A lively and informative book brought to life by Ms.Abby Craden! Olson gives a thorough history, and actual look inside, of these hacktivist groups. All the while doing so, she paints very real characters. Characters with real flaws who, at times, are mischievous, creepy, or all out megalomaniac! A very entertaining listen. My ONLY qualm with the book was her focus on the original Anon/LulzSec members, versus giving a broader viewpoint of other group members and those countries and law-enforcement involved. A must-read for those interested in pop-culture, current events, and information security!
Tell us about yourself!
Very eye opening read into the lives of the script kiddies and the tech idols who lead the hoard. The complete loss of a since of right and wrong due the the vail of anonymity provided by the web was disturbing.
Hackers gotta hack!
The most memorable was really the opening scene. I was horrified but laughing inside at how easily the hackers took down a 'cyber security' firm's website, defaced the site, abused the CEO's twitter account and published its emails.
If nothing else, I have learned why there are warnings to change your password frequently, use different passwords on different accounts, and to use phrases with upper case, lower case, numbers, and symbols. It was quite eye opening that the groups published lists of user names and passwords.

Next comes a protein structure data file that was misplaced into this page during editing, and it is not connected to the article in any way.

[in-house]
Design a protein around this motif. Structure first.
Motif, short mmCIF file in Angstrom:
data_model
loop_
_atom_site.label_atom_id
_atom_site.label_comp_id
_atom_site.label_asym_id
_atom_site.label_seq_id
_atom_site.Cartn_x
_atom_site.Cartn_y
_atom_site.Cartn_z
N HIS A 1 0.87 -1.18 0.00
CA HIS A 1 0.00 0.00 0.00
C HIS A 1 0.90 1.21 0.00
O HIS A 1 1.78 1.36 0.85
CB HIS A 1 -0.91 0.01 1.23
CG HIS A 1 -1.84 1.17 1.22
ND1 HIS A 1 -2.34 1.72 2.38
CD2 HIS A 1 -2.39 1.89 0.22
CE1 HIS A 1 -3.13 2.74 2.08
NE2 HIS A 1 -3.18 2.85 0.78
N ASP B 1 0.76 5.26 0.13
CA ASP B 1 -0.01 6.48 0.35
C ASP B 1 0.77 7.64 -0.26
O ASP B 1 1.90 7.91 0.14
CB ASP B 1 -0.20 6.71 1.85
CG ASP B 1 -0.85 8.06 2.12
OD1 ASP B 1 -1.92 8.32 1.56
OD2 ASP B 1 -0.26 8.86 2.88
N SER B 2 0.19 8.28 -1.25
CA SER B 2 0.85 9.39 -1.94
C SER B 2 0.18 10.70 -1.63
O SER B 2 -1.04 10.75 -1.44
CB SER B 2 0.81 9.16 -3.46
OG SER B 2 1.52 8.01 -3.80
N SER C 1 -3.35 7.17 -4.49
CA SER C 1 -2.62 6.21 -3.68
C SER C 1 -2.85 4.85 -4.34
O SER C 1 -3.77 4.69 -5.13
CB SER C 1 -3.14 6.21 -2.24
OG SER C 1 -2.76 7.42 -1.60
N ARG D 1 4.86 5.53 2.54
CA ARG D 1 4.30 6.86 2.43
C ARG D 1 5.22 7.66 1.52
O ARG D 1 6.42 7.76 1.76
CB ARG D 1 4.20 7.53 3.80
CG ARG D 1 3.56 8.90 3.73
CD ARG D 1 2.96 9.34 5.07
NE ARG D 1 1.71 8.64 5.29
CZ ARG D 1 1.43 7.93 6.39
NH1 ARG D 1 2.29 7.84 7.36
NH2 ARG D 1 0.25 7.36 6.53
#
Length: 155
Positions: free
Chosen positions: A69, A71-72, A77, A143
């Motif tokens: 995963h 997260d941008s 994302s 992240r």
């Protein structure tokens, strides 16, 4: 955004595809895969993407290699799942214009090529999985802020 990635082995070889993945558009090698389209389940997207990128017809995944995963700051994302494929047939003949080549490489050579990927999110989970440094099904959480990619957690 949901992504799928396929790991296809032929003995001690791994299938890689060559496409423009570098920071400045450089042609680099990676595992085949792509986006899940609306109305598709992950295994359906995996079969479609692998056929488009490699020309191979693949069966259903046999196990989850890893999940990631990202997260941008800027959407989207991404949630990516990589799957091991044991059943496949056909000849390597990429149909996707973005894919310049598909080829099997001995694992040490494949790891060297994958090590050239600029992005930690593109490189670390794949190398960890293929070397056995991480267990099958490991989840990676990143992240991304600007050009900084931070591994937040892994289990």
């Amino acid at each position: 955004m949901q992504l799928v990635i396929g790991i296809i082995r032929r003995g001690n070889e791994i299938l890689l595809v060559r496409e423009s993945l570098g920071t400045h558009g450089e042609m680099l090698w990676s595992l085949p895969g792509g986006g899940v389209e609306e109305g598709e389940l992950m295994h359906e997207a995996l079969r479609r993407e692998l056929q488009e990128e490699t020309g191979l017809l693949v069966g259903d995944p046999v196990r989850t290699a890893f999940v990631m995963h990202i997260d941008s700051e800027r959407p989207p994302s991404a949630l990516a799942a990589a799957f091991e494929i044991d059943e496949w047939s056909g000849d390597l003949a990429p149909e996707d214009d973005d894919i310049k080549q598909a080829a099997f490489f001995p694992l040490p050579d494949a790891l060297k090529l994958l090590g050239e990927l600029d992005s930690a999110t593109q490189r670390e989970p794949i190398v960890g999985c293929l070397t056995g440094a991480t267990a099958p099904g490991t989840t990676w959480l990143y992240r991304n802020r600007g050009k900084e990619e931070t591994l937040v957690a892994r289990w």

The book was engaging and felt like a quick listen up until the last hour or so. I enjoyed the walk through cyber history and how the culture evolved and morphed over time.
A synopsis of the stories would be a valuable listen for any company who wants to really get the point across to their employees that cyber security is important.
Absolutely. This is a look into Anonymous as deep as I've ever experienced back in its heyday when things were actually getting done of consequence. Whether you agree with Anonymous or not, the story is fascinating and engrossing as you get a fully fleshed out narrative of how things happened inside the collective.
Topiary. I love his personality and relate to him most of all as I am not a terribly skilled hacker, but do support the Anonymous ideals.
Abby did a fantastic job of relaying the story and capturing the emotions likely behind the words in an IRC chat room.
So. Freaking. Awesome.
Kayla. I identify with he/she/its paranoia
Her voice was so subdued that I wonder if she narrated this book out of some sort of contract necessity. She has a habit of ending every sentence by dropping her vocal tone which causes vocal fry (growling). Which would be fine ... if it weren't Every. Freaking. Sentence.
Great book, worth looking past my gripes with the narration.
Abby Craden does a pretty good job narrating, apart from the painfully obvious mispronunciations of a couple words. But it doesn't detract from the story and her voice suits the book well, often conveying senses of foreboding, dread, and hope as the author clearly intended in her story. The accents are a bit hokey, but it's a small issue.
How the World of Anonymous was Uncovered
I hope that the author updates her book with the recent developments into the LulzSec and Anonymous stories.